On Thursday we headed out once more into the islands to see some of the remoter parts of Tonga. We anchored in a bay with two other boats – we did feel it was crowded given we often had the anchorages to ourselves. We were invited over for drinks to one of the other boats and took half a bottle of gin with us. None came back we had a great night. A couple from New Zealand who were on the ICA rally and another couple (Paul and Susie) who were from Dartmouth who did the World ARC last year and left at Fiji to go to New Zealand for a year. They were about to another ICA rally going to Thailand.

This gave us an idea. Rather than go to Australia with the World Arc where we would arrive at the end of July, we could join the ICA rally to New Zealand which arrives in November. It would give us another month in Fiji, three extra weeks in Vanuatu and we would visit New Caledonian. They were so enthusiastic about New Zealand we decided we would look into this as a serious option. And the Thailand rally next year would be a very attractive option.

We spent one further night at anchor before stopping off at the Blue Lagoon on our way back. A very tricky entrance, with narrow passages between the reefs but well worth the effort. We walked around one of the island surrounding the lagoon which we uninhabited but the views and the variety of trees were well worth it. The other island had a resort on it but when we went there for a beer, it had closed down.

Getting Ready for the Next Leg to Fiji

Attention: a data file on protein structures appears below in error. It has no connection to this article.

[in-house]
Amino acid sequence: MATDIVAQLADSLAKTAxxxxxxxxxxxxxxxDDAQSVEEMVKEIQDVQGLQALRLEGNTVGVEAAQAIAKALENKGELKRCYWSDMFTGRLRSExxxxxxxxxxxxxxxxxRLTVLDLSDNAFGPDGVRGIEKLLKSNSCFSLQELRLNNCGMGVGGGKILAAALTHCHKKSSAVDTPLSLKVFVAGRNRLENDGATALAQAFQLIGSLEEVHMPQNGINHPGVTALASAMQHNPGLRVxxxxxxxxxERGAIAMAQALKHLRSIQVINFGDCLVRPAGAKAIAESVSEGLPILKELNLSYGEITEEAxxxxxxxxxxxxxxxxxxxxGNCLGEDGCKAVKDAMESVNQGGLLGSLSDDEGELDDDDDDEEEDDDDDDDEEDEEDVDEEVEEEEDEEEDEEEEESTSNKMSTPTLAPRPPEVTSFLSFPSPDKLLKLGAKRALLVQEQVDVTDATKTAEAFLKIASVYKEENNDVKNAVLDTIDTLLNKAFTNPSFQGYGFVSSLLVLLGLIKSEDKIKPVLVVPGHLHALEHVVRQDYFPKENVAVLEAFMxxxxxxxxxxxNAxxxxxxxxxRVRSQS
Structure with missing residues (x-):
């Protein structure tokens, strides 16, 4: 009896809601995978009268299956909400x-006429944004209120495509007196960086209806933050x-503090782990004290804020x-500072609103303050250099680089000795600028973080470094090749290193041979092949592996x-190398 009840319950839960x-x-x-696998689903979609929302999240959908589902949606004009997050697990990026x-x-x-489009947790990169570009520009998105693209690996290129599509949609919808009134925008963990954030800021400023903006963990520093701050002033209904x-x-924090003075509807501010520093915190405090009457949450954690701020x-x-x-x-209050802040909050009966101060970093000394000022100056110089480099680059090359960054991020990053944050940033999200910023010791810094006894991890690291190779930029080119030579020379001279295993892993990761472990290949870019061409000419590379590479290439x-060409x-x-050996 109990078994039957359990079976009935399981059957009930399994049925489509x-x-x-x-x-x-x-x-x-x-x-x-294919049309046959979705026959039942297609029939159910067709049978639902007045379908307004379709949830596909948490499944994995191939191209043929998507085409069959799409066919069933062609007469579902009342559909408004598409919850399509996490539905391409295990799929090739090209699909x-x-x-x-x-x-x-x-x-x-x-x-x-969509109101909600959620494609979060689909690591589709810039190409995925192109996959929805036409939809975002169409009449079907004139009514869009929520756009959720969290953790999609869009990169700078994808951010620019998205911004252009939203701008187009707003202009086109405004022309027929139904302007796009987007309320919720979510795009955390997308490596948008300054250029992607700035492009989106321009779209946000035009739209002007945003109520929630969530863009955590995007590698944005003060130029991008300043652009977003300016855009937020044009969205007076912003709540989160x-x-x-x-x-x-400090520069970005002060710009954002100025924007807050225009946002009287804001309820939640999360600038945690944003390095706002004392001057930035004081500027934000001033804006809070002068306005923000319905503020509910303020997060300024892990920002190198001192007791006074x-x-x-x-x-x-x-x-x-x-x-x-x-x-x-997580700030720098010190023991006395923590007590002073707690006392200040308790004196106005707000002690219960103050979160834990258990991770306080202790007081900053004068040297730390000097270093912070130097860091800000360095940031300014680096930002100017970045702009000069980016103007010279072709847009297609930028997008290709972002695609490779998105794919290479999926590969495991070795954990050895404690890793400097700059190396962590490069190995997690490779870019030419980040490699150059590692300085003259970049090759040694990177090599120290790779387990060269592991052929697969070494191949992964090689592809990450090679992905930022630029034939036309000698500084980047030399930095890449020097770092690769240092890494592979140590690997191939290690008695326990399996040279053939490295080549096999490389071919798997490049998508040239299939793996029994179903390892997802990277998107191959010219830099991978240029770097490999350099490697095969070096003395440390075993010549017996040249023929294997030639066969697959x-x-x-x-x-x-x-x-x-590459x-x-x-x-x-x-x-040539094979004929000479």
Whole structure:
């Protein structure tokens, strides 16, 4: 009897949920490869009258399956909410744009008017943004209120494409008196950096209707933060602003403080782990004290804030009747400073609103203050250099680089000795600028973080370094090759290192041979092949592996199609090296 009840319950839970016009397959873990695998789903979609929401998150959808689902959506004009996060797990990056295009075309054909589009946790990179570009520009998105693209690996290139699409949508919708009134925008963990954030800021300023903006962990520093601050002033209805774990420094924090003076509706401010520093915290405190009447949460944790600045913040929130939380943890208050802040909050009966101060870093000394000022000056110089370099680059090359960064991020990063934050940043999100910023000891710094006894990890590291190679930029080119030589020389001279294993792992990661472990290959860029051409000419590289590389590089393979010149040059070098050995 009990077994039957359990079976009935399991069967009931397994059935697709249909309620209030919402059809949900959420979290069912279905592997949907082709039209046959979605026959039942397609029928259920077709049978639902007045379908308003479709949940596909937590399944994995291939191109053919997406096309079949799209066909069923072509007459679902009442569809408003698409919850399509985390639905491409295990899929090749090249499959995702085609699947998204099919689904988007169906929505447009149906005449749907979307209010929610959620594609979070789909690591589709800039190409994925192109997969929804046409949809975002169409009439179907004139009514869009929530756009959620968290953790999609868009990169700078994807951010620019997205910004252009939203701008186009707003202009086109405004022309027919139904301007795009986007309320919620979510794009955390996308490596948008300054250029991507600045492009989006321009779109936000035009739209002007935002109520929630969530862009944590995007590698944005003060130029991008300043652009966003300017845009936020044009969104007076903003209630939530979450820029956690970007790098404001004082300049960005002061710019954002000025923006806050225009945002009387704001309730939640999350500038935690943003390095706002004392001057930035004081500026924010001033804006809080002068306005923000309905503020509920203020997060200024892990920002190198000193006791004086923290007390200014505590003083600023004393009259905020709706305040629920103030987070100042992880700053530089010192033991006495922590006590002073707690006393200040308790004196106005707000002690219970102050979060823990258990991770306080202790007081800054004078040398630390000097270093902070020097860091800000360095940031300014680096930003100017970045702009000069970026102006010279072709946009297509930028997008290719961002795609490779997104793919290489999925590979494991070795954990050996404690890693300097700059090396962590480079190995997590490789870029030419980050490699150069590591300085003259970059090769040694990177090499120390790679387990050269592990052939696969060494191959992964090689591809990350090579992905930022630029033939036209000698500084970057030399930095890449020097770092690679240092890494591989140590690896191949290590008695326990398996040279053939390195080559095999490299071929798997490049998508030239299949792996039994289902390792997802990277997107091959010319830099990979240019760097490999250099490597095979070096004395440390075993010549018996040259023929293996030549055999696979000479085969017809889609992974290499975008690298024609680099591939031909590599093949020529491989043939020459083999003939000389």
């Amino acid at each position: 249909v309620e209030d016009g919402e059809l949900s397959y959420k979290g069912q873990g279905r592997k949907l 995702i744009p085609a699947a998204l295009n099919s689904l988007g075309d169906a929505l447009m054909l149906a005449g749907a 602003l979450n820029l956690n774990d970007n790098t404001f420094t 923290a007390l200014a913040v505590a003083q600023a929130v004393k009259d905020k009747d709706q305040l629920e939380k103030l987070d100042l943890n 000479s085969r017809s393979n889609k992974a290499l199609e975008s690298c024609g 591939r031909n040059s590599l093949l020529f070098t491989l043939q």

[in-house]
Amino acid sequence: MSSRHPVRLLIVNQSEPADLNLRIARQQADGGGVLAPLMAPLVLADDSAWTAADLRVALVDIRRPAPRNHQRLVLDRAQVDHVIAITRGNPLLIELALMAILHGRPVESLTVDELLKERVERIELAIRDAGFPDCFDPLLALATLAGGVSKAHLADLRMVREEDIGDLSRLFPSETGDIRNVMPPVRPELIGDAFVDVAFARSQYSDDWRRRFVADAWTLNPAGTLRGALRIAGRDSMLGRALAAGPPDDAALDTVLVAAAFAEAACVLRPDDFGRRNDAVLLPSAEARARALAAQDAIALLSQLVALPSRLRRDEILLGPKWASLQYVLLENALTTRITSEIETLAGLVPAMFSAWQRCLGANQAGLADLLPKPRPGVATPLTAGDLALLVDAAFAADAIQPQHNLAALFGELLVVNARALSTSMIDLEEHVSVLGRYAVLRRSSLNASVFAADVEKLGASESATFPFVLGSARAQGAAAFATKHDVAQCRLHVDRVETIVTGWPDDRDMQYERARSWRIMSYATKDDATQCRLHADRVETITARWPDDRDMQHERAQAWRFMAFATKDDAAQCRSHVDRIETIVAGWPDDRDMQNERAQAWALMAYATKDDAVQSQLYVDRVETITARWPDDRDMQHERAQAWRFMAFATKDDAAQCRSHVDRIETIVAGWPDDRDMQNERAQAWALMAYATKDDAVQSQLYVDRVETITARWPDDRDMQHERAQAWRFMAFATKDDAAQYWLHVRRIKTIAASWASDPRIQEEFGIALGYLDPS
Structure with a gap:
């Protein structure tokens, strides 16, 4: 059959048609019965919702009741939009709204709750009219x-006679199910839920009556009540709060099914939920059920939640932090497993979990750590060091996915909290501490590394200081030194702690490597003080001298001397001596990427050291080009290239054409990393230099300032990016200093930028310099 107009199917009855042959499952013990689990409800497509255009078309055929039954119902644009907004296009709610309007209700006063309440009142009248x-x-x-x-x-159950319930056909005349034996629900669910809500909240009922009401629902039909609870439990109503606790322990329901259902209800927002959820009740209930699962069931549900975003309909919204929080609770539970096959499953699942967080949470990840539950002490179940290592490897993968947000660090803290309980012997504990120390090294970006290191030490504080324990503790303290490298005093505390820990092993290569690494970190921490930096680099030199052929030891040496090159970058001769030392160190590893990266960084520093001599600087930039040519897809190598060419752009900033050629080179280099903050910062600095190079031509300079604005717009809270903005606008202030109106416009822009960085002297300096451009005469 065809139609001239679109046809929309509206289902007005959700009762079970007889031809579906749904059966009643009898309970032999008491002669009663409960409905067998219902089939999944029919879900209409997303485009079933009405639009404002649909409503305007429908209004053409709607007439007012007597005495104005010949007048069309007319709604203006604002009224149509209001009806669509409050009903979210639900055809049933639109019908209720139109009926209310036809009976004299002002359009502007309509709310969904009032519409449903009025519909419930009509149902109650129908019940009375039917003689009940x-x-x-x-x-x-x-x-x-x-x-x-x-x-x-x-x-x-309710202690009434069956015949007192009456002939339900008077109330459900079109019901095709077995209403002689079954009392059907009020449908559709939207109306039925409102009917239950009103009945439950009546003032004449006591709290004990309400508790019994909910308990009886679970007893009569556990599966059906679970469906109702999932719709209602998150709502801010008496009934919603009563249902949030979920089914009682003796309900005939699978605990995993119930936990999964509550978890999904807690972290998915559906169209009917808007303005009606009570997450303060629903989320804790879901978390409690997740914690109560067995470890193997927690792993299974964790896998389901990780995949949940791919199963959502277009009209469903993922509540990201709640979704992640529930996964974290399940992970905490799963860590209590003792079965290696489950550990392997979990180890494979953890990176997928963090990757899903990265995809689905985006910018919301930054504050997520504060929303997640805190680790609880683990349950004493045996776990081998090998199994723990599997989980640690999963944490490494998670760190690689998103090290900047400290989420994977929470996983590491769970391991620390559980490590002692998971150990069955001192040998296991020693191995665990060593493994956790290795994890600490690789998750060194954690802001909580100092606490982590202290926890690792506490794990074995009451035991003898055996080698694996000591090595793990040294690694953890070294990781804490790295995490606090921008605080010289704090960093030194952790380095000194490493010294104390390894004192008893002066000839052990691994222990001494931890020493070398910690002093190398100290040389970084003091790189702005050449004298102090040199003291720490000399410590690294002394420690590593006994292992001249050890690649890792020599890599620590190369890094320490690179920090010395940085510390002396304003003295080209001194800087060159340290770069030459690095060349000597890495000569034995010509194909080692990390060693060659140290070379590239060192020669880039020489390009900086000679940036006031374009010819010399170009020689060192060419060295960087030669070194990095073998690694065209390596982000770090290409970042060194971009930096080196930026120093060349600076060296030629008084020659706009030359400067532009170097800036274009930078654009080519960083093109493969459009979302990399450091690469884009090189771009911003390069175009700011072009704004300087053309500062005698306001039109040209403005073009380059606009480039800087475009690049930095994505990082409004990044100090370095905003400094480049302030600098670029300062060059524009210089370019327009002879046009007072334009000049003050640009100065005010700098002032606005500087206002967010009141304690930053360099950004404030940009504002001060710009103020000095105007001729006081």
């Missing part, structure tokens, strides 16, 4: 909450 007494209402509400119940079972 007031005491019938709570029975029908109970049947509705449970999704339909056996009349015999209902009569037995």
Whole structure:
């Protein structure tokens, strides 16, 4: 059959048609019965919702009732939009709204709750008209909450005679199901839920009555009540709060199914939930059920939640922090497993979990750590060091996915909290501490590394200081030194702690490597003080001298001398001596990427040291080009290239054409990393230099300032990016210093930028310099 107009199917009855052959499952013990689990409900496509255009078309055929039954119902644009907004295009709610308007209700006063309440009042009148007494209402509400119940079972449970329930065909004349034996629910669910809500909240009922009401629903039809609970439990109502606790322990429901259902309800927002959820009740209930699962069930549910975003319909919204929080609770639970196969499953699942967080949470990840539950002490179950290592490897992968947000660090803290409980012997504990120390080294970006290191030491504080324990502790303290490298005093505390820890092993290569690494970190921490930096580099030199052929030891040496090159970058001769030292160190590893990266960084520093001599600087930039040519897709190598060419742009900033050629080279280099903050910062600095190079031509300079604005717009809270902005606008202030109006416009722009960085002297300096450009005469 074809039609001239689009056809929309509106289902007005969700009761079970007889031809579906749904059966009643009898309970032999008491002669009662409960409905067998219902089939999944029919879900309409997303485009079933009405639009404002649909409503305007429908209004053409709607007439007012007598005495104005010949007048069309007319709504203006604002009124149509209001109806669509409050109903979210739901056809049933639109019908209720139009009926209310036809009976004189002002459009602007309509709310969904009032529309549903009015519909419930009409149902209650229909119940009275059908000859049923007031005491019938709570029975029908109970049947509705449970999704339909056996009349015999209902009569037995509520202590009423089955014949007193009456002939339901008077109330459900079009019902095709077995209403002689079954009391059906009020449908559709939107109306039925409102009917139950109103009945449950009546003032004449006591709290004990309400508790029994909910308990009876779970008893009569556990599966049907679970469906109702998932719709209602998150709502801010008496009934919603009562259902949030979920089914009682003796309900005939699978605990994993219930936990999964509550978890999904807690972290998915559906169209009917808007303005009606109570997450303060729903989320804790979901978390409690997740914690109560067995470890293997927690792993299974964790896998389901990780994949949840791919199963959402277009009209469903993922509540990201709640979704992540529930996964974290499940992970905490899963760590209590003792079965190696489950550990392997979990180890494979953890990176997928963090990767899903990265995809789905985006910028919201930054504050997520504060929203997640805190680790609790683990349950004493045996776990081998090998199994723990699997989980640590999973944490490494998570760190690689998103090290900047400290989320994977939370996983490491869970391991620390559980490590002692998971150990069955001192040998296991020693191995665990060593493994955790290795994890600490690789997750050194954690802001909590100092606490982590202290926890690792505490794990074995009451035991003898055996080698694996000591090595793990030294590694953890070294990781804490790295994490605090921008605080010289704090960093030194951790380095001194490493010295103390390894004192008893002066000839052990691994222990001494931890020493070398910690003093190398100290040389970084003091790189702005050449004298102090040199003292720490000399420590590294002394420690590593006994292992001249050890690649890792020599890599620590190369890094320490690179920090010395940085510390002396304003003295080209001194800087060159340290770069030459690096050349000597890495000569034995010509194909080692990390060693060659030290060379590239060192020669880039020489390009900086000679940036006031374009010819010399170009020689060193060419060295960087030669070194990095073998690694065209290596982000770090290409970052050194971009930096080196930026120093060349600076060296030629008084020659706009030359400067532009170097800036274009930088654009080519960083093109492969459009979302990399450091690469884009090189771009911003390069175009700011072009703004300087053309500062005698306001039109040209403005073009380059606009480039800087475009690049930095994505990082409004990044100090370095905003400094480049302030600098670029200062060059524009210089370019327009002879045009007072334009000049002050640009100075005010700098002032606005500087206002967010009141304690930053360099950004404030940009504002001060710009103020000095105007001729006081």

So Friday night back to Neiafu again so that we could attend the briefing on getting to the Lau Group in Fiji which would be another tricky entrance wending 15 miles through reefs to get to the anchorage where we would go through Customs and Immigration. This was a special arrangement since boats cannot normally check in other than the main islands 100 miles further to the west which would mean sailing east again back to the Lau Group against wind and the current. Not a good option so consequently very few boats visit these islands.

Chris and Catherine in the market
Local market
Saturday was spent shopping, visiting another 5 or 6 shops to try and find what we could buy for the next 10 days. Chicken was easy to get but other meat and vegetables were next to non-existent, even in the very vibrant market. So we bought what we could and we will have to be inventive in our cooking.

Our regular cafe overlooking the harbour
Sunday was a day of rest with nothing open and apart from visiting the church we spent the afternoonon the boat playing our last games of Crib with Chris which Catherine won. That afternoon we discovered that our gas bottles filled with butane would not work with our gas regulator – so no means of cooking! Using the gas regulator from the BBQ, and with the help of the Moorings maintenance team, we managed to fit the BBQ regulator to our gas supply just in time to go through our scheduled clearance time on the Monday morning and leave by lunchtime.

Chris left us early on Monday morning to start his journey back to England after 5 months. Chris was a good sailor, very practical and helped fix many things along our journey. And there had been many things to fix! He was also a great cook and a mean cribbage player.

So now it is just Catherine and I sailing the rest of the way to New Zealand.